If you use "Download file" (the default), and have selected PostScript output format, the buttons on the left side will cause your browser to download a PostScript file. (Your browser will either offer to store it on your local machine, or will process it in whatever way you've configured your browser to deal with PostScript files.) If you use "Download file" with plain-text format, you'll get a page displayed directly in your browser listing the demands, as described above under "Output format". Meanwhile, if you choose "Show in form", then the buttons on the left side will show the PostScript or plain text on the same page as the form. This is probably not very useful, especially for the PostScript format, but it does provide an easy way for you to look at the PostScript text if you find it interesting.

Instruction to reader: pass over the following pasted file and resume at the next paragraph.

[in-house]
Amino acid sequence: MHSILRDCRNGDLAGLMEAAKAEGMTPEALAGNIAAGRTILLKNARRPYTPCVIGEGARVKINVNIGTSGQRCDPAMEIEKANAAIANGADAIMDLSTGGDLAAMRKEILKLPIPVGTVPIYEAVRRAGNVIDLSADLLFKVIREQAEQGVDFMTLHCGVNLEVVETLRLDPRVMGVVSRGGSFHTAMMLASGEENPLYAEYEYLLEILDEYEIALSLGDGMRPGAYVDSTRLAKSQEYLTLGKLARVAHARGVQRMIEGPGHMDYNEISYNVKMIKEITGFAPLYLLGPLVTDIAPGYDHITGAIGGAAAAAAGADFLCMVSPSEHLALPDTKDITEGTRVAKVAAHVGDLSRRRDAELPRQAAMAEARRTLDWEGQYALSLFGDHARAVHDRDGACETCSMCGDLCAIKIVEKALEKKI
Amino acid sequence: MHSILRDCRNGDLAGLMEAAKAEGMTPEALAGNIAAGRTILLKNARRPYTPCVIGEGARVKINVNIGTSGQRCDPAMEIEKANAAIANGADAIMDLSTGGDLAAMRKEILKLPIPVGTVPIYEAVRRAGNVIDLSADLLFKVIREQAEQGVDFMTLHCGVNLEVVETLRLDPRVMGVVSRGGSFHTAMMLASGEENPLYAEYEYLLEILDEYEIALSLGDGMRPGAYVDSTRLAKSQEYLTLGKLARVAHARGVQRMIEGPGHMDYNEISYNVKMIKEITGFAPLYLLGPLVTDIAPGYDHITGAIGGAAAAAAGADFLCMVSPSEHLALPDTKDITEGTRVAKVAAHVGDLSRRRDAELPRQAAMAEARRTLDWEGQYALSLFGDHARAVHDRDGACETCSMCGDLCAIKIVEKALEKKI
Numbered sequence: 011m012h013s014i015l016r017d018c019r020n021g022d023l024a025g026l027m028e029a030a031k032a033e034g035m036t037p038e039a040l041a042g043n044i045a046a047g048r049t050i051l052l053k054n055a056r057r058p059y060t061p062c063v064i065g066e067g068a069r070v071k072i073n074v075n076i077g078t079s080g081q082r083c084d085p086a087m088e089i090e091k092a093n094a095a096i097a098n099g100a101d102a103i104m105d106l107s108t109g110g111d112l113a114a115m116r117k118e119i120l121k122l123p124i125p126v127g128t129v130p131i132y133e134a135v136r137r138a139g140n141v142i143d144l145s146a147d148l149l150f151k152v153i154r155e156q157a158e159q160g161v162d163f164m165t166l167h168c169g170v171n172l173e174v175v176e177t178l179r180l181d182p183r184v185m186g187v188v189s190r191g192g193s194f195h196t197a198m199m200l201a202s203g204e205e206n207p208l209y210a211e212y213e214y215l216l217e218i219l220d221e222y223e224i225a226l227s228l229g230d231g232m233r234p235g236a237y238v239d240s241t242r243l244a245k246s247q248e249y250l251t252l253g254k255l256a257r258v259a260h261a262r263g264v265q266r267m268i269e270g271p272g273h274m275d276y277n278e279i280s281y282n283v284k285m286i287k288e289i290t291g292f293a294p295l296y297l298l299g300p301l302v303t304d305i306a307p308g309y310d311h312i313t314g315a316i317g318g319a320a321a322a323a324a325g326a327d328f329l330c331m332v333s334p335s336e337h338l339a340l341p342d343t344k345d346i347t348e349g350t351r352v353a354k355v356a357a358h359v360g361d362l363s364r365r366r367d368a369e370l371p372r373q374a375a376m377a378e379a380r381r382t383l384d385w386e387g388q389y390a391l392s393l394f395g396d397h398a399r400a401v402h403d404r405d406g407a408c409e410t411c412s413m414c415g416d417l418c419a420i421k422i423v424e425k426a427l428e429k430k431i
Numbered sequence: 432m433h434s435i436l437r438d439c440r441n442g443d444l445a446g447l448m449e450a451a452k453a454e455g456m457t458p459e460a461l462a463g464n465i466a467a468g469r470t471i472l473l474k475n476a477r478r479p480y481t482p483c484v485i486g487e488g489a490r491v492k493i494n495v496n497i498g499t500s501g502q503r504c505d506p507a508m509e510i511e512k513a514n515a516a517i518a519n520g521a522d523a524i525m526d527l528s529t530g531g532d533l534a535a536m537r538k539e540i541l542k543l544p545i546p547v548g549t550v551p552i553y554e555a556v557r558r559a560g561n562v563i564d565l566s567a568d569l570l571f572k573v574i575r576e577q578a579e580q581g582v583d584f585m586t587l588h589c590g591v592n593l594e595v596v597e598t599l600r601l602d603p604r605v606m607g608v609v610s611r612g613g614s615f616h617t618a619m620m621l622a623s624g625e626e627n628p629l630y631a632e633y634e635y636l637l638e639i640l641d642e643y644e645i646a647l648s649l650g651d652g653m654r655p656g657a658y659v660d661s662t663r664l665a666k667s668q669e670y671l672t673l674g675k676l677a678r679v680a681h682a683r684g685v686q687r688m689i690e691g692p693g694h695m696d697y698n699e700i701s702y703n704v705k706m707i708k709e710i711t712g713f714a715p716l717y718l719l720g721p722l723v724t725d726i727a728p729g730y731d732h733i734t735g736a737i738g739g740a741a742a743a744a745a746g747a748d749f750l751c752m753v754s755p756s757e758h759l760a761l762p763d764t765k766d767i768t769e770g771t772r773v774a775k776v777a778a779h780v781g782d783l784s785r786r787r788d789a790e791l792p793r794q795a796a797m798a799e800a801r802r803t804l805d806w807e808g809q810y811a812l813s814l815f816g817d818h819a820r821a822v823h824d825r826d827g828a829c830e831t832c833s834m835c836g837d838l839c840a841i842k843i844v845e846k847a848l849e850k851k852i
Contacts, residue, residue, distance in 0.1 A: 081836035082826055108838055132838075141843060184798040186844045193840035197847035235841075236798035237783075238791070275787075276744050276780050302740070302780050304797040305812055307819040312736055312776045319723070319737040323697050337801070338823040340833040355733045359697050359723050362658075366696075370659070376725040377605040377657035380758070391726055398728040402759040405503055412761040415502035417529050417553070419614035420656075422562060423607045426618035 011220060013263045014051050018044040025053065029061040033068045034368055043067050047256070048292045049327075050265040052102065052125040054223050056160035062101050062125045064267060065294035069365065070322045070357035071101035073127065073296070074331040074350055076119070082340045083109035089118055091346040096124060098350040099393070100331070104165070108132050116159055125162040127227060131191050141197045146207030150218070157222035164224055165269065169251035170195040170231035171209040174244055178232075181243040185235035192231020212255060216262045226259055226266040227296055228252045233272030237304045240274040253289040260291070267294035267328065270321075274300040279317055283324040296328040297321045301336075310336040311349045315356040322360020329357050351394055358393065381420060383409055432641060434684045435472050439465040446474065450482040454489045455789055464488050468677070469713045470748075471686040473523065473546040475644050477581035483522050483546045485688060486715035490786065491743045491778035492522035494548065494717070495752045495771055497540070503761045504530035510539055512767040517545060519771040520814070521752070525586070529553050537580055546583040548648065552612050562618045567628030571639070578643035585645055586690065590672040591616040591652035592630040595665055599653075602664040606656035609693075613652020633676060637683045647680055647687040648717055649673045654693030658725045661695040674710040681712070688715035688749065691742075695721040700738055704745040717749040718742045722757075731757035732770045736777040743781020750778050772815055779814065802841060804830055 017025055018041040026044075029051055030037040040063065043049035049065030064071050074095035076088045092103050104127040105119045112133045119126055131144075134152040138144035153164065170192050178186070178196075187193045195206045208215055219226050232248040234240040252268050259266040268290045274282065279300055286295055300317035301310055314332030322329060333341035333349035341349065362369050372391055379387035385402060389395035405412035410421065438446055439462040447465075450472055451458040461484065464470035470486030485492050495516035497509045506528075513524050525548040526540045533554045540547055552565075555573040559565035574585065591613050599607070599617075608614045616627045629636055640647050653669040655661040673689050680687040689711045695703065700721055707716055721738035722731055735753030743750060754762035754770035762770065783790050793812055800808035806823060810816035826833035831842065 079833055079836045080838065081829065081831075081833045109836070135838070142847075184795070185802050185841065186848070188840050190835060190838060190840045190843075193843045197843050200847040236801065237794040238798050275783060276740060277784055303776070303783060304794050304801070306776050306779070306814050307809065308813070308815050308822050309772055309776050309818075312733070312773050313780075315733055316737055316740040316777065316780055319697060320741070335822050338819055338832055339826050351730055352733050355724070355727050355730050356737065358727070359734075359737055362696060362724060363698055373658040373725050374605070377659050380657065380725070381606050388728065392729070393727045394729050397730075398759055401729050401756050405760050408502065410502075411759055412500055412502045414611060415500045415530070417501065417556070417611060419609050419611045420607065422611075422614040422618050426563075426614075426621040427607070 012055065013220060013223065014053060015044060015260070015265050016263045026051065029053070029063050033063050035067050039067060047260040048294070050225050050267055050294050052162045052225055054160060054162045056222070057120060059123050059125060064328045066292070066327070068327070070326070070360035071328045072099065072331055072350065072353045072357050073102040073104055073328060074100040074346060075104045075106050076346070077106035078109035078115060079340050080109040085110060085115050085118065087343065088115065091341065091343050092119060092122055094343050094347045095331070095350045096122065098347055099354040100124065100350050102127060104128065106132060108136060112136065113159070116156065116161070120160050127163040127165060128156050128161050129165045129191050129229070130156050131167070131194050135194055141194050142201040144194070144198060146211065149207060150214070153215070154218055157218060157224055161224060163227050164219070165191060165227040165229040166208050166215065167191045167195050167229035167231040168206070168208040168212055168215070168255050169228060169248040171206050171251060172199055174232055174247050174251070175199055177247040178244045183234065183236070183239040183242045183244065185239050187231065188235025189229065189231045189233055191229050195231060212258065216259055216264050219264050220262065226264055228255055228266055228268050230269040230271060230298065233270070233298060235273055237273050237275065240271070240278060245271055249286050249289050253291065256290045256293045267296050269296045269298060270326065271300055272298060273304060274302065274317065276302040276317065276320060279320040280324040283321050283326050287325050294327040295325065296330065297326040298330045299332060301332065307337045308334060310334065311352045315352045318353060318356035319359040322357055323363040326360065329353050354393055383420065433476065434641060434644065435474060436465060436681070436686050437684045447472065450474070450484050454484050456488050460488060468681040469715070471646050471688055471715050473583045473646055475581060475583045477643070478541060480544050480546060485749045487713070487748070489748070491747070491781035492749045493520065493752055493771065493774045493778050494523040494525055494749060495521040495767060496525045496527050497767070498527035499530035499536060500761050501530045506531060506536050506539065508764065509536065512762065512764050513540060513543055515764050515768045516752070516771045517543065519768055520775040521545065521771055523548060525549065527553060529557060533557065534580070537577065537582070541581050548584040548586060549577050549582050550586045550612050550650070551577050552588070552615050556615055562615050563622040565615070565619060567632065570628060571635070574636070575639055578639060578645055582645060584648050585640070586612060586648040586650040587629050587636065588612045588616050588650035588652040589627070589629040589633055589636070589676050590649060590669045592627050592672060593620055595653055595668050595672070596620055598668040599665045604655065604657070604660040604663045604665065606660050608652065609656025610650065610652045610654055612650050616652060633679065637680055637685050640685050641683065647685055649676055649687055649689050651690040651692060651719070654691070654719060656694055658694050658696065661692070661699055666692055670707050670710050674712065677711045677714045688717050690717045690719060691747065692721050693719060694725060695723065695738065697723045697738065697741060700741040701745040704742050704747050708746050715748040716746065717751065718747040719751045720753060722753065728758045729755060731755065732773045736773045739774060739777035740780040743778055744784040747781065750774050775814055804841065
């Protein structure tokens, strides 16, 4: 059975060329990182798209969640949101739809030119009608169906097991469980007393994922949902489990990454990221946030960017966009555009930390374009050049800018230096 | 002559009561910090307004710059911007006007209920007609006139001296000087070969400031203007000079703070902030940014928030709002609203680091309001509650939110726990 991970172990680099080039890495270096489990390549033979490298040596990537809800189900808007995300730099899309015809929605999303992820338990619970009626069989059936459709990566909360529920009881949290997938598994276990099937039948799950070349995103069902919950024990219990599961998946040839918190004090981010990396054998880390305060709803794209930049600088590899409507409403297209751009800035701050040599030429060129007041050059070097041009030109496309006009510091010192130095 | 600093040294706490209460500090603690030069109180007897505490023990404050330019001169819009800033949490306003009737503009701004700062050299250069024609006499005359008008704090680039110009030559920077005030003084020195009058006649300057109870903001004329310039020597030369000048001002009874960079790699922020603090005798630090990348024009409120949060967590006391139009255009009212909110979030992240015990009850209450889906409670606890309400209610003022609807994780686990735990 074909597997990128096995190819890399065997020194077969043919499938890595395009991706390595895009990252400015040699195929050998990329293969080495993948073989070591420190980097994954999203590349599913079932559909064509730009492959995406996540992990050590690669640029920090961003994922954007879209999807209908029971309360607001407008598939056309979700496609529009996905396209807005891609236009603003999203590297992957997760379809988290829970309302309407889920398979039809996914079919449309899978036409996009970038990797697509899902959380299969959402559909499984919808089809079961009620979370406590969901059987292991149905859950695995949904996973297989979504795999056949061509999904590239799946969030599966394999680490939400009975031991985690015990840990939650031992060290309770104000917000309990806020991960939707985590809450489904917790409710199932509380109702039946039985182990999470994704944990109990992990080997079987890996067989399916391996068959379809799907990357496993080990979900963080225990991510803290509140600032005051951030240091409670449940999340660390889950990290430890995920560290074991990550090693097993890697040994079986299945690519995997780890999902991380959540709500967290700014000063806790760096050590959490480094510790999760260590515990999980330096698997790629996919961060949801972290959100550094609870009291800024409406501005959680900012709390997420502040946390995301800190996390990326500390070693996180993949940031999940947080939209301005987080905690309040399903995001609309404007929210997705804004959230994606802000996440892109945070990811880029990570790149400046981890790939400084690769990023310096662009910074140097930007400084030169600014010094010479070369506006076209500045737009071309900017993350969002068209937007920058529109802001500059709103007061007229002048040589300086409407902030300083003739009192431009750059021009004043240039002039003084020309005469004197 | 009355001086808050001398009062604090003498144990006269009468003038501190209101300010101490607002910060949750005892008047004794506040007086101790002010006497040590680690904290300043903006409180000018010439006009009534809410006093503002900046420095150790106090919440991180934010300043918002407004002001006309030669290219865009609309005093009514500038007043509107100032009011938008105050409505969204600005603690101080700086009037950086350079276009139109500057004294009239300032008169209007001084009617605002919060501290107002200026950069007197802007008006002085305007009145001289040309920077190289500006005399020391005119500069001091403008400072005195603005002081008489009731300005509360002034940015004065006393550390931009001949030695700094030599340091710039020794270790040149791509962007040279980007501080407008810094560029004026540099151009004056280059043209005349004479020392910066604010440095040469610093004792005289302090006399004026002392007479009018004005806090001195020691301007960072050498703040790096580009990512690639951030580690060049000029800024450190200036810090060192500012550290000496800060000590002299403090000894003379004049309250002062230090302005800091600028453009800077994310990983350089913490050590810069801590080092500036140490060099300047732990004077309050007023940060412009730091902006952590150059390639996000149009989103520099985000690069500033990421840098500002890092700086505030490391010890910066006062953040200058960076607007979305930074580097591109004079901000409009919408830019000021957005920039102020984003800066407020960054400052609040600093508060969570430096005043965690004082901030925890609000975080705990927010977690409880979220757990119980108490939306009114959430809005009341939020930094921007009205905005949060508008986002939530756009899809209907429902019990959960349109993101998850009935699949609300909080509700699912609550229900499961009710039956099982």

Pictures for goods
If you choose "Yes" (the default), the decks will include pictures of the goods as well as their names. This can be useful since the pictures used for some goods (such as Coal and Bauxite) vary from one map to another. If you find the pictures distracting, set this option to "No". You might also do so if you're on a very slow Internet connection, since the pictures roughly double the size of the file (but it's still only about 50K).

Grey level
The payoff charts use bands of grey to delineate cities in different regions of the map. What level of grey looks best varies from one printer to another. On some, 95% grey (100% is white) is too dark, while on others 98% is indistinguishable from white. The default setting of 95% seems to be a good level in most cases; you can try other settings if you want.

Wider margins